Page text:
6 Punishment Ok, so even though you think all the kids were polite and smart……… well your not right! The kids who did not know the lessons were called dunces. If they misbehaved they would have to sit on a tall stool and wear a pointed cap on their head. Or, some kids had to wear signs on themselves that showed that they had not misbehaved he punishments as you can see were not physical and didn’t hurt, but were hurtful to the child’s feelings.

7 Education In the Colonies (LITERALLY) New England In the New England colonies, the Puritans built their society almost entirely on the concepts of the bible. The colonists valued education because they believed that ‘Satan’ was keeping those who couldn't read from the scriptures. Middle Colonies Here, education was in question. The decision of whether to educate children was left to individual families until 1683, when a Pennsylvania law was passed, requiring that all children be taught to read and write and be trained in a useful trade. Pennsylvania's first school was established that same year. Southern Colonies In the southern colonies, children generally began their education at home. Because the distances between farms and plantations made community schools impossible, plantation owners often hired tutors to teach boys math, classical languages, science, geography, history, etiquette, and plantation management. Most then completed their education in England. A governess usually taught the girls enough reading, writing, and arithmetic to run a household and the social skills to attract a husband.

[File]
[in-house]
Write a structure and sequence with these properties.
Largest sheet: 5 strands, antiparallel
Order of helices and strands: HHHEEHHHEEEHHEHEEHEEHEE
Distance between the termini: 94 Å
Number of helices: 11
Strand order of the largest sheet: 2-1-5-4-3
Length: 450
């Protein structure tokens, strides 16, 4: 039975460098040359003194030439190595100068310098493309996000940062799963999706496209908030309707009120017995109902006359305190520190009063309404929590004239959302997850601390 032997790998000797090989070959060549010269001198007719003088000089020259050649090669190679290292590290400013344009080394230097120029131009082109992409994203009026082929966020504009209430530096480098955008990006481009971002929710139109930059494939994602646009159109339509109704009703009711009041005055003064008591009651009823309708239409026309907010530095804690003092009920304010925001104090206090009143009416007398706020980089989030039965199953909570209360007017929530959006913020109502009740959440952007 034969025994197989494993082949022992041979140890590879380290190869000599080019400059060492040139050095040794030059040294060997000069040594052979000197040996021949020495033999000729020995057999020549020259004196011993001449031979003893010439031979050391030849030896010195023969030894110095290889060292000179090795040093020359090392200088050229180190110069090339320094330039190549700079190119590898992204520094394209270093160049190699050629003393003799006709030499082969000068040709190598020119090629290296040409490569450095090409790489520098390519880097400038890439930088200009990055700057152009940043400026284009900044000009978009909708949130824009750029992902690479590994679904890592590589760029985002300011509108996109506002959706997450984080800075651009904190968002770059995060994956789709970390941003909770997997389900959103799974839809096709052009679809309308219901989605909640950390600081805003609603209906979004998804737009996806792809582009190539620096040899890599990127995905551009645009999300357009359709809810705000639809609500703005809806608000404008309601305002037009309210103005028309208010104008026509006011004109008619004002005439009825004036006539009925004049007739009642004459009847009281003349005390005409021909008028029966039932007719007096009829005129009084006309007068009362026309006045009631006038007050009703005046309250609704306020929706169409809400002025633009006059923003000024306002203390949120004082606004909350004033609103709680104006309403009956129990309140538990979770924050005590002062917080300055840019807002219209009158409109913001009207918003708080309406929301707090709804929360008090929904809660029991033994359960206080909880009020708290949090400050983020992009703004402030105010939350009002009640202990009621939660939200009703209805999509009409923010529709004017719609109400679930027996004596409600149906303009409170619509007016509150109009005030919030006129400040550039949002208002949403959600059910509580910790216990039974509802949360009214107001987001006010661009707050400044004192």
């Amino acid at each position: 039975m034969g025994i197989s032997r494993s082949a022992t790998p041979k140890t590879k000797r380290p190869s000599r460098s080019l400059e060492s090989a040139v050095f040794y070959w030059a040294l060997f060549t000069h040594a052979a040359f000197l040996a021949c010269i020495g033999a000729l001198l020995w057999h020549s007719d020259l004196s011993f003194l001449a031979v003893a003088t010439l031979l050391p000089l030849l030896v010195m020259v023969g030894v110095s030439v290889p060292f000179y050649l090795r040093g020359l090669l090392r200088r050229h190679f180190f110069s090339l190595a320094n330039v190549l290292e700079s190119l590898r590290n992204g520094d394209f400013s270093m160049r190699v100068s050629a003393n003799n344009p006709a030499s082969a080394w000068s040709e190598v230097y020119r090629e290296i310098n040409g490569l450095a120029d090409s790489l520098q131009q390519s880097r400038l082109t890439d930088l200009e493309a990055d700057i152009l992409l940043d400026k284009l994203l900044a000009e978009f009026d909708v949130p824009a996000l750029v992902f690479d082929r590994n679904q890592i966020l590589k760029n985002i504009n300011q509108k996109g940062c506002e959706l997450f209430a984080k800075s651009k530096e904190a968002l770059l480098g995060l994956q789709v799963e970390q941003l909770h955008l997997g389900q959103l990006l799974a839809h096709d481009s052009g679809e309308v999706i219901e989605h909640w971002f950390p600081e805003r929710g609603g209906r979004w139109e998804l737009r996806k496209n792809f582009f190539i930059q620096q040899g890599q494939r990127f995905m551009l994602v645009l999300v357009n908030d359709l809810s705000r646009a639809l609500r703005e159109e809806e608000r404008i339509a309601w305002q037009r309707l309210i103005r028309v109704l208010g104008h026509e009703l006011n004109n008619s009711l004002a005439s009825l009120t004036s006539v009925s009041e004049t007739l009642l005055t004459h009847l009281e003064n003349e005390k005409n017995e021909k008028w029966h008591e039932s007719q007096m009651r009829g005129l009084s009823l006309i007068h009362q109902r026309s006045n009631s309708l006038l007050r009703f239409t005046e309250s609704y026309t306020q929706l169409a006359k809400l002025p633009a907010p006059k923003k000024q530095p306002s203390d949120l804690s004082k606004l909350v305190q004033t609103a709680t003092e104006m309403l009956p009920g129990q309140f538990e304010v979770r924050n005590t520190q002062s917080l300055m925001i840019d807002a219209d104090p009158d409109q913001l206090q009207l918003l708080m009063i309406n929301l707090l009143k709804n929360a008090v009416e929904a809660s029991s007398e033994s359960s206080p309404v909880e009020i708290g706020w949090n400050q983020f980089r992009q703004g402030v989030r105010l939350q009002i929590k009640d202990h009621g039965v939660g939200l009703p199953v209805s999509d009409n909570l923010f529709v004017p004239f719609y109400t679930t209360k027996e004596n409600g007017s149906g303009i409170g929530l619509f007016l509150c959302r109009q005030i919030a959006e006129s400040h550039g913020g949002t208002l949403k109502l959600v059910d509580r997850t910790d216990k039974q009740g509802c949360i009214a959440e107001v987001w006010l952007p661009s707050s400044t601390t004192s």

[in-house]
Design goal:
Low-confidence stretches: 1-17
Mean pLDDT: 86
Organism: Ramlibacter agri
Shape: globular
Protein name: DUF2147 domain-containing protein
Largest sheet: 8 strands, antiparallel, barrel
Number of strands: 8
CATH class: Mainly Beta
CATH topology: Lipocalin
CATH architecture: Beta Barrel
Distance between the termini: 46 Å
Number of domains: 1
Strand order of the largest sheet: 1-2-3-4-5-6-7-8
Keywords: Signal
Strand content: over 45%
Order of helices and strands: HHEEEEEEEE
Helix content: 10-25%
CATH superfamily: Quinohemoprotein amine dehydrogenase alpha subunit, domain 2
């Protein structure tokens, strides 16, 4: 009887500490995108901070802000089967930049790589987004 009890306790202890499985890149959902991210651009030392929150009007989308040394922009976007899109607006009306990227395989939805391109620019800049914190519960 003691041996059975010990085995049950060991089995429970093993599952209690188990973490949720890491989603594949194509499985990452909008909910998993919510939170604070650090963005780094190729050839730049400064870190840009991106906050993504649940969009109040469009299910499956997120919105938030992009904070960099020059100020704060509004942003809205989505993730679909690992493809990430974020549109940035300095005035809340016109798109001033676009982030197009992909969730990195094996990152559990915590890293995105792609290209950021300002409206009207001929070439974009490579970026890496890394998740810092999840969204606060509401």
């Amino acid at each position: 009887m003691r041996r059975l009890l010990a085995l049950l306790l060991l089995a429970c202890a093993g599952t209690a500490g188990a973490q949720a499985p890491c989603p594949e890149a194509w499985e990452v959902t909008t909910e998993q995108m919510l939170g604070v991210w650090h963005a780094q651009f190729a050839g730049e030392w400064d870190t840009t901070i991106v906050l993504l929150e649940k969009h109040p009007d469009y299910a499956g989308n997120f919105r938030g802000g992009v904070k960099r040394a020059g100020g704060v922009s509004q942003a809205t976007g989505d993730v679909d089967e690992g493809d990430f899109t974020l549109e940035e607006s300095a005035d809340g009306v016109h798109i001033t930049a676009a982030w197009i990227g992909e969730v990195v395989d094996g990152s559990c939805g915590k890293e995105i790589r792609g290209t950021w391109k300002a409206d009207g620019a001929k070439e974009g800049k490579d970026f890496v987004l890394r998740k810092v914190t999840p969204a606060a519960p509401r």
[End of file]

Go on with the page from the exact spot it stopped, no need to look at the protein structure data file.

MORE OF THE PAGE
8 Dame School Now, you may wonder, what did the children do before they went to school? The boys and girls started off in Dame schools or ‘schools’ that were taught in a teachers home. They would have to read from a book called the “New England Primer” to learn their lessons. The children learned how to read and write and when they were done, they were finished with Dame school.

9 The Difference Between Boys and Girls The boys were generally the more intelligent children. Why? Because the law stated that boys should learn more than just to read and write. Later, the boys memorized every lesson in New England Primer and moved on to a Latin grammar school to prepare for college and an eventual religious or political career. Girls would also learn to read and write, but the people felt that the ladies should learn to cook, wash, and take care of a home and a family.

10 Colleges Colleges weren’t as important to the kids at the time of the 13 colonies, but it allowed the graduates to get good positions in government or good jobs depending on their skill. Order of First Colleges in the Colonies New College [1] (Harvard University) The College of William & Mary Collegiate School (Yale University) Academy of Philadelphia (University of Pennsylvania) College of New Jersey (Princeton University) King's College (Columbia University in the City of New York) College in the English Colony of Rhode Island & Providence Plantations (Brown University) Queen's College (Rutgers, The State University of New Jersey) Dartmouth College

11 So, this is how the colonies’ education differed from ours! The End! Sources

12 The School Upon a Hill by James Axell onial%20America.htm onial%20America.htm x300.jpg 300x300.jpg